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The Navy has repaired two of four water mains that broke since Friday, though the first and largest one to crack remains unfixed.

The Navy has repaired two of four water mains that broke since Friday, though the first and largest one to crack remains unfixed. (Joint Base Pearl Harbor-Hickam/Facebook)

(Tribune News Service) — The Navy has repaired two of four water mains that broke since Friday, though the first and largest one to crack remains unfixed.

The Navy has repaired two of four water mains that broke since Friday, though the first and largest one to crack remains unfixed.

Repairs are “on schedule“ to be finished by Tuesday, give or take a day, Capt. Mark Sohaney, Joint Base Pearl Harbor-Hickam commander, said Tuesday at a news conference at the base. Meanwhile, the Navy is still urging residents to boil their water, although the Army lifted its advisory Monday.

The Army was able to fix the problem with “inline water filtration,” which the Navy does not have. Lt. Col. Jamie Dobson, a spokesperson for the Army, said the Army’s “granular activated carbon filtration systems” are essentially “industrial-strength Brita filters.” The broken mains disrupted water access for 93,000 residents living in and around JBPHH.

While Navy child development centers remained closed Tuesday due to the breaks, Sohaney said he anticipated having a plan to reopen centers Wednesday.

Additionally, the Navy’s plan to remove fuel from its three pipelines at Red Hill remains postponed until the water system is restored. Before the first main break occurred, the Navy had planned to begin draining approximately 1 million gallons of fuel from pipes at its Red Hill Bulk Fuel Facility on Monday. The fuel has sat in the pipelines since operations at the underground facility near Pearl Harbor were halted in 2021 when fuel from Red Hill contaminated the Navy’s drinking water system.

The cause of the first main break — in a 36-inch main at the Waiau Hawaiian Electric power station, built in 1951 — remains unknown. The likeliest factor is age, said Chuck Anthony, JBPHH’s director of public affairs, in an interview with the Honolulu Star-Advertiser.

The Navy’s response touched off smaller breaks. “When that break occurred on Friday, I had to divert water to the west side of the base, and those lines are a little bit smaller,” Sohaney said, noting that he anticipated the diversion would increase the system’s pressure and risk a break. Mains that broke at West Loch and on Pearl City Peninsula, which flooded a nearby neighborhood, are now repaired, he said.

A main break caused by a car accident Friday was isolated that day and is now “not really an issue, “ Anthony said. The Navy connected its water network at Radford Terrace to the Honolulu Board of Water Supply’s network Tuesday morning. “This just introduces more water into the system and provides us a little bit more stability, “ Sohaney said.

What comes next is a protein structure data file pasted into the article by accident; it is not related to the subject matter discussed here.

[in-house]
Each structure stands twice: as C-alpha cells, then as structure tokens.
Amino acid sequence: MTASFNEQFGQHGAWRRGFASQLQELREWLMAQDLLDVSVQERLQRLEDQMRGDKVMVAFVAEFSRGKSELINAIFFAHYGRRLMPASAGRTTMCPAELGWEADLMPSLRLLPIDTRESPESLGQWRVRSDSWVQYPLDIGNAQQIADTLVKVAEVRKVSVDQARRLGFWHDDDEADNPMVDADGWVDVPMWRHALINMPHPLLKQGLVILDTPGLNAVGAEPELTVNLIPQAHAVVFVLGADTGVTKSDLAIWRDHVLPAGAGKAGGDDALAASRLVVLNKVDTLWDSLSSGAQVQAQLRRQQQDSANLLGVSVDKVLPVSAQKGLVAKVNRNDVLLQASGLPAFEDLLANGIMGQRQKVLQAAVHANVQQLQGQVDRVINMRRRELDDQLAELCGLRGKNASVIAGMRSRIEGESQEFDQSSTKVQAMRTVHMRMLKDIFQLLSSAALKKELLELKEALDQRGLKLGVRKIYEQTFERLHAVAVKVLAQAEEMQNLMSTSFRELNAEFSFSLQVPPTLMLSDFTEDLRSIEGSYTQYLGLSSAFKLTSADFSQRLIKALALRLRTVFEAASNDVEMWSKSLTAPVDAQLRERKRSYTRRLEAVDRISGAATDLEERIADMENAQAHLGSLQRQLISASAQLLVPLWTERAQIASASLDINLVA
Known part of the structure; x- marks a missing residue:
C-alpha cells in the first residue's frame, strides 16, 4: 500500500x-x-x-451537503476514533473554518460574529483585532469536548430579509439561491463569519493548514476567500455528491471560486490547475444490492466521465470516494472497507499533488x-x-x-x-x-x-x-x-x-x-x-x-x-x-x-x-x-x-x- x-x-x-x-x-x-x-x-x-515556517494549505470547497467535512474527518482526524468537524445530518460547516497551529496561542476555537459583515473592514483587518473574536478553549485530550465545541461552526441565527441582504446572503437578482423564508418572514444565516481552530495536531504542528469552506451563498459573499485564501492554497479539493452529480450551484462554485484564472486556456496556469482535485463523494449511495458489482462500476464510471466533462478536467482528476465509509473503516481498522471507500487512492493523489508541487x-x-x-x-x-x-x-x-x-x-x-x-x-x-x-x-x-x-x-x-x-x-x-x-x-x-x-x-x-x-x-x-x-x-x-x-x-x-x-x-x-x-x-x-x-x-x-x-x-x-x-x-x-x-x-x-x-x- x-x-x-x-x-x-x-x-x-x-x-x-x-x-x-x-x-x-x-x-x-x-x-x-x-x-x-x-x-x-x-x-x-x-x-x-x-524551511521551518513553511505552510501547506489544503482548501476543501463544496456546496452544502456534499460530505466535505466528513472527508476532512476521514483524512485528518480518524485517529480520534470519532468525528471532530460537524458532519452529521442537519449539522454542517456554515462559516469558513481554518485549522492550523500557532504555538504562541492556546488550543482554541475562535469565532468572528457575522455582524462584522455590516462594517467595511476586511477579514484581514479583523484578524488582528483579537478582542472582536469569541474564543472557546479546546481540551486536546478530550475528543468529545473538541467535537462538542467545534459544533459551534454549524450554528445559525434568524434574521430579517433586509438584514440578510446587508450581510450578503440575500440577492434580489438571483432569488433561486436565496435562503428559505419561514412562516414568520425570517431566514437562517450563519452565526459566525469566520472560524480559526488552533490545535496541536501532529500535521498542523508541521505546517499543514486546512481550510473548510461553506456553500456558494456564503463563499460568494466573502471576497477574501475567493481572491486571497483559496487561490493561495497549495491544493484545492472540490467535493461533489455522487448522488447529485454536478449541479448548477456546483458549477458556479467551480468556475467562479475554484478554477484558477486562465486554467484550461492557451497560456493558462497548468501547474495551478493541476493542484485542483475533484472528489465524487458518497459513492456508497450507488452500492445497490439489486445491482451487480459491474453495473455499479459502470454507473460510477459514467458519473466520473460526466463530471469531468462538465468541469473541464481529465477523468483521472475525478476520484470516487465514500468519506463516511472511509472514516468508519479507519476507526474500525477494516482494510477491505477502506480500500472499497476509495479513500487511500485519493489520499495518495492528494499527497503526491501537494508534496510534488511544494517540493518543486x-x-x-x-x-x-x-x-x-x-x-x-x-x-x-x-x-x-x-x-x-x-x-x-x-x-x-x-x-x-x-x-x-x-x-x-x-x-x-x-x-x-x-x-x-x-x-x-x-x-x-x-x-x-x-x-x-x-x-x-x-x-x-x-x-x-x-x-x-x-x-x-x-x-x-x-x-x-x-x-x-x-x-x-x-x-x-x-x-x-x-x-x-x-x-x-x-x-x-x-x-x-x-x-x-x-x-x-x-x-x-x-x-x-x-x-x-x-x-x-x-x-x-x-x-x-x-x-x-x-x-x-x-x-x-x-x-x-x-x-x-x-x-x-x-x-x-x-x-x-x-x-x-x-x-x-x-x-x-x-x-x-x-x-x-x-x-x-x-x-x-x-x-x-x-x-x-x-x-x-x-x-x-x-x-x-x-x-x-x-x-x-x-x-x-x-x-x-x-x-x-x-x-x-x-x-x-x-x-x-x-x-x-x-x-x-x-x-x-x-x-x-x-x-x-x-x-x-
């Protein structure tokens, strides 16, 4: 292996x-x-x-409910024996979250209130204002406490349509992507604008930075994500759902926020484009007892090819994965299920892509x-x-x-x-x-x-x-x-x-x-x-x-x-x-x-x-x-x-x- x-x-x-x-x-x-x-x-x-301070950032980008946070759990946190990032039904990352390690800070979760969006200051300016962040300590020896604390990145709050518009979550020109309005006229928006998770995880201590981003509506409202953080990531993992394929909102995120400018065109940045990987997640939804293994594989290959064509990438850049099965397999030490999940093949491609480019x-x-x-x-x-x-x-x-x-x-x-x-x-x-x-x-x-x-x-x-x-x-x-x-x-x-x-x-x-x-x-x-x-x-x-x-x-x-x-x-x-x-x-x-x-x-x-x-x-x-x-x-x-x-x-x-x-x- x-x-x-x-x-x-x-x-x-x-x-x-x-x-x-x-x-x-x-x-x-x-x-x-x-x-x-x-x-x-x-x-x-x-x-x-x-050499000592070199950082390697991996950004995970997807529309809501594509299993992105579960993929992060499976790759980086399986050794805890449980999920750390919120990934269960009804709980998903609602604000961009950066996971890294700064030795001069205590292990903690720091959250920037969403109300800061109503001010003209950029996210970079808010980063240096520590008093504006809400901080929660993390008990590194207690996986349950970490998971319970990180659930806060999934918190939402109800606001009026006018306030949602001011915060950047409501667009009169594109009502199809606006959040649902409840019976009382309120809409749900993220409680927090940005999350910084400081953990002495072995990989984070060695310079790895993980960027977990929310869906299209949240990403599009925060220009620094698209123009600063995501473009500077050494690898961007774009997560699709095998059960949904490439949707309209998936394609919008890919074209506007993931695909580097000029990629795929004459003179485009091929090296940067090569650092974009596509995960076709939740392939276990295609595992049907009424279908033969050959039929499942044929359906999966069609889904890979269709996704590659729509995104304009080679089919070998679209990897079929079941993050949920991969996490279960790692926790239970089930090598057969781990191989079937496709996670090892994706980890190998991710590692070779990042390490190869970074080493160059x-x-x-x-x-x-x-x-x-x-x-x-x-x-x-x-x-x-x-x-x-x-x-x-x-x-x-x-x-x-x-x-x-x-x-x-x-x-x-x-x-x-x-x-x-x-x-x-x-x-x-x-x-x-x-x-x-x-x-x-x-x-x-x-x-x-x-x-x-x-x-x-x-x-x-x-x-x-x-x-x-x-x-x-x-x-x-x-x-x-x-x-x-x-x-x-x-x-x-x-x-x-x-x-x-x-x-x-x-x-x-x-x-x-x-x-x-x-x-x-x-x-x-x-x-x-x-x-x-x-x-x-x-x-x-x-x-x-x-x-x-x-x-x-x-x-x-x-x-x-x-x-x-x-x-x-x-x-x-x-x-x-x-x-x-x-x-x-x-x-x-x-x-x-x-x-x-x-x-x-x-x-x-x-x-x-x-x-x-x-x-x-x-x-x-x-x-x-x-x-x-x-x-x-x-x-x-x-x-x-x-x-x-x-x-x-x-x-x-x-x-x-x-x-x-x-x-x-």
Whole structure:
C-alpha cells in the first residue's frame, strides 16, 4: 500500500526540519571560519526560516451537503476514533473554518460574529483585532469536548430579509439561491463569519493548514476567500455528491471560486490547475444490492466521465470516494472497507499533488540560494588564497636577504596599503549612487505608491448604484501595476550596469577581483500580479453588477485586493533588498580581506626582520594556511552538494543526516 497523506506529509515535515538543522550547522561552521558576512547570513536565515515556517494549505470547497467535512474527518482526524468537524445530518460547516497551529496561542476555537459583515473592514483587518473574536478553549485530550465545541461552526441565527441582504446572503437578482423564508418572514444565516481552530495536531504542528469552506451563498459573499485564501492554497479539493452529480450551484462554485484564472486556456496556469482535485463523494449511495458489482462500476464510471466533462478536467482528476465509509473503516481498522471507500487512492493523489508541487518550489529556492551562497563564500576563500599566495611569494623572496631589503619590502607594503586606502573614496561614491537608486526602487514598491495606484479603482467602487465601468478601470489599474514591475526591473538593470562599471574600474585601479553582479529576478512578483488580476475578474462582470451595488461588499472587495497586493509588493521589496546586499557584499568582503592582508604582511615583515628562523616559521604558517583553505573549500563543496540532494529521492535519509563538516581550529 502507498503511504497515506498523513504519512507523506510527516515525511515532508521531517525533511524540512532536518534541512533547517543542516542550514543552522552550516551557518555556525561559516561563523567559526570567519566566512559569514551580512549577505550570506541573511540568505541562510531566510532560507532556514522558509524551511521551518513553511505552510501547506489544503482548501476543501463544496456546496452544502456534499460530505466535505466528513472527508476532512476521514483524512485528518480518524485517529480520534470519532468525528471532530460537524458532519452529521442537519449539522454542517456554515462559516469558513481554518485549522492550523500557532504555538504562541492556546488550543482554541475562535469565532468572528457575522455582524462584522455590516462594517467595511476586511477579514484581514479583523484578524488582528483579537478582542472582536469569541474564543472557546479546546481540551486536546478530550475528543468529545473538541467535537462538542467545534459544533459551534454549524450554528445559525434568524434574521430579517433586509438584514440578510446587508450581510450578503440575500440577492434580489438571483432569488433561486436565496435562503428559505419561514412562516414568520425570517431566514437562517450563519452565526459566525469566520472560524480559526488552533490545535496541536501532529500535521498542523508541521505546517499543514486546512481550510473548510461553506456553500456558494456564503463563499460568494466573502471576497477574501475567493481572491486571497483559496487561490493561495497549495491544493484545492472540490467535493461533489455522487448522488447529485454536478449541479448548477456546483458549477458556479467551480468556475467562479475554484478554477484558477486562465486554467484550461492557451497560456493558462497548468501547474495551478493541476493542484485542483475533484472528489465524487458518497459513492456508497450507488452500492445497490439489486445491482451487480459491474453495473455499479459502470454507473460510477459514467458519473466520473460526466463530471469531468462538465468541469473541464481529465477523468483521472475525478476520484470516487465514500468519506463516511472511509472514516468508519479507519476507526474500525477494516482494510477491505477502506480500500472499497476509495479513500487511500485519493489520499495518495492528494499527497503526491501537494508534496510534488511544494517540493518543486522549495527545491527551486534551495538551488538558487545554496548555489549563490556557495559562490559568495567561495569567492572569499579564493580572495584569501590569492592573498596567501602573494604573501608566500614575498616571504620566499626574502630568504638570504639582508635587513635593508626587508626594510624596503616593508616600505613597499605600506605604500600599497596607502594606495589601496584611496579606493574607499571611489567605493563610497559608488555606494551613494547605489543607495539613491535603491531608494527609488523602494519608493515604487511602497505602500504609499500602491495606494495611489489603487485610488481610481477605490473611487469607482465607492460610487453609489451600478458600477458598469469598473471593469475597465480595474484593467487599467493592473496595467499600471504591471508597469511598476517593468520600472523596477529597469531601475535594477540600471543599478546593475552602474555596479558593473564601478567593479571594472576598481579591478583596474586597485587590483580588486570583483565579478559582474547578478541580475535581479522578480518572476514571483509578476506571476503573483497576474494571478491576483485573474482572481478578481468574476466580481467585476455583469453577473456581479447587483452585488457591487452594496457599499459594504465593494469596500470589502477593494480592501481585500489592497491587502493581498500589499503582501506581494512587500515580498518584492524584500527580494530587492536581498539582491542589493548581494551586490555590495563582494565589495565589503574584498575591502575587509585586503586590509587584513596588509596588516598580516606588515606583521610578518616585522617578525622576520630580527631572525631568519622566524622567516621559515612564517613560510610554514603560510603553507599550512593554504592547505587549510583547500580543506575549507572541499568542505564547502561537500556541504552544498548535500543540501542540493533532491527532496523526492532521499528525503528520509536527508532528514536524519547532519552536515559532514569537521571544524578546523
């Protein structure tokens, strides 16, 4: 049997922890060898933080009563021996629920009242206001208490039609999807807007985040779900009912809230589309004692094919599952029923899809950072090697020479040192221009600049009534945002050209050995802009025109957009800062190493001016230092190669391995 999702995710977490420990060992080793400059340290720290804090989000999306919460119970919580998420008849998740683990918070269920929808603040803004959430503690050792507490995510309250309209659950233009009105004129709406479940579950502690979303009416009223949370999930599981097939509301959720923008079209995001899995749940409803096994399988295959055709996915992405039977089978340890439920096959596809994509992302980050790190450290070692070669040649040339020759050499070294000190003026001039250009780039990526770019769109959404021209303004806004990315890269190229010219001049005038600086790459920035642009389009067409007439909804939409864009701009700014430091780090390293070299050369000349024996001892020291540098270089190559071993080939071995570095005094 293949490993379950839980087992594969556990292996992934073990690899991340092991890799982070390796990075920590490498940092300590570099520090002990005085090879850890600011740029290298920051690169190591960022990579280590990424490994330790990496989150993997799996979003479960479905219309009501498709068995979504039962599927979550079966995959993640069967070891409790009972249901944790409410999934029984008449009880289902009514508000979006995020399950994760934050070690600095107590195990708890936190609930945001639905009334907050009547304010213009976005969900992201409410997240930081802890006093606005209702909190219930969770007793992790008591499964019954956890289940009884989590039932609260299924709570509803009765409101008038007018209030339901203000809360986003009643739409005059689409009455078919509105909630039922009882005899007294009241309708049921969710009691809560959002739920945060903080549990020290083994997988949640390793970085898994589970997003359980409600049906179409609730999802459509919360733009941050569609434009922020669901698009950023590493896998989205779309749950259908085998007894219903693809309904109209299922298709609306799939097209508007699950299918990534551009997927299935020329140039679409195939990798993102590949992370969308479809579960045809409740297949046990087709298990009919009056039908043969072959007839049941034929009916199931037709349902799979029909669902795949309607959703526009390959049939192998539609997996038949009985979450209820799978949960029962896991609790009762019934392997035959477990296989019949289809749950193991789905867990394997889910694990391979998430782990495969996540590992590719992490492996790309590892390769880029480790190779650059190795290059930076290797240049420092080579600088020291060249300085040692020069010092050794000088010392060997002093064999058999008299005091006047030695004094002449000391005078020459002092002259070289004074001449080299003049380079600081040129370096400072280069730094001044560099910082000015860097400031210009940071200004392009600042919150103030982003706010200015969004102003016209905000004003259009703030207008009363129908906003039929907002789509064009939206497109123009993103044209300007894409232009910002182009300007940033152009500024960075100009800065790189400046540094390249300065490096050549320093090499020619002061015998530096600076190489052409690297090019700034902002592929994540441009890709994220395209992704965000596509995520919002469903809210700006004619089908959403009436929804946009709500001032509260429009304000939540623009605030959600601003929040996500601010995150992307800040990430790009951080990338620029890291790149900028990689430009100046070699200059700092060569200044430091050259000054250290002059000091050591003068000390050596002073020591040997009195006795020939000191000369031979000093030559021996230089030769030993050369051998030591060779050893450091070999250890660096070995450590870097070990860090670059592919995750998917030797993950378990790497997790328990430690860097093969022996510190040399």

To couple the two systems, the BWS first had to install a meter and success-fully test a “backflow preventer,” BWS Public Information Officer Kathleen Pahinui said in an interview. By 3 p.m. the Navy had already drawn 700,000 gallons. “We believe that we can supply them for a few days without it negatively impacting our customers. We are monitoring it,” Pahinui said. The Navy will pay for its water use, she said.

At the news conference, Sohaney directed some comments to affected water users: “I know this is challenging, it’s frustrating, it’s inconvenient and I sympathize with that. And I just want you to know that we’re doing everything in our power,” he said. “It’s like open-heart surgery. It’s a complicated site, it’s a complicated repair.”

Further, he said, “I need you to reach out, keep me informed and call my emergency operations center, post something on Facebook, let us know what we can do.”

On the Facebook support group site, scores of individuals on the water system Tuesday reported concerns ranging from recent rashes and hair loss to oil sheen in their tap water.

Some of the concerns were similar to those that surfaced in November, when residents living in neighborhoods around the joint base began complaining of nausea, vomiting and skin rashes, as well as fuel smells coming from their faucets and sprinklers. Shortly thereafter, water samples and a visual inspection of the Red Hill shaft found it was polluted with jet fuel. Sohaney said the Navy is testing for water contamination, “and there are no indications in our latest test results.”

Cmdr. Rob Kleinman, a Joint Base public works officer, encouraged water consumers to report any adverse effects to a medical provider. “If there’s any linkage, please let us know,” Kleinman said. Doing so allows the Navy to learn from the reported incidents, he said.

(c)2022 The Honolulu Star-Advertiser

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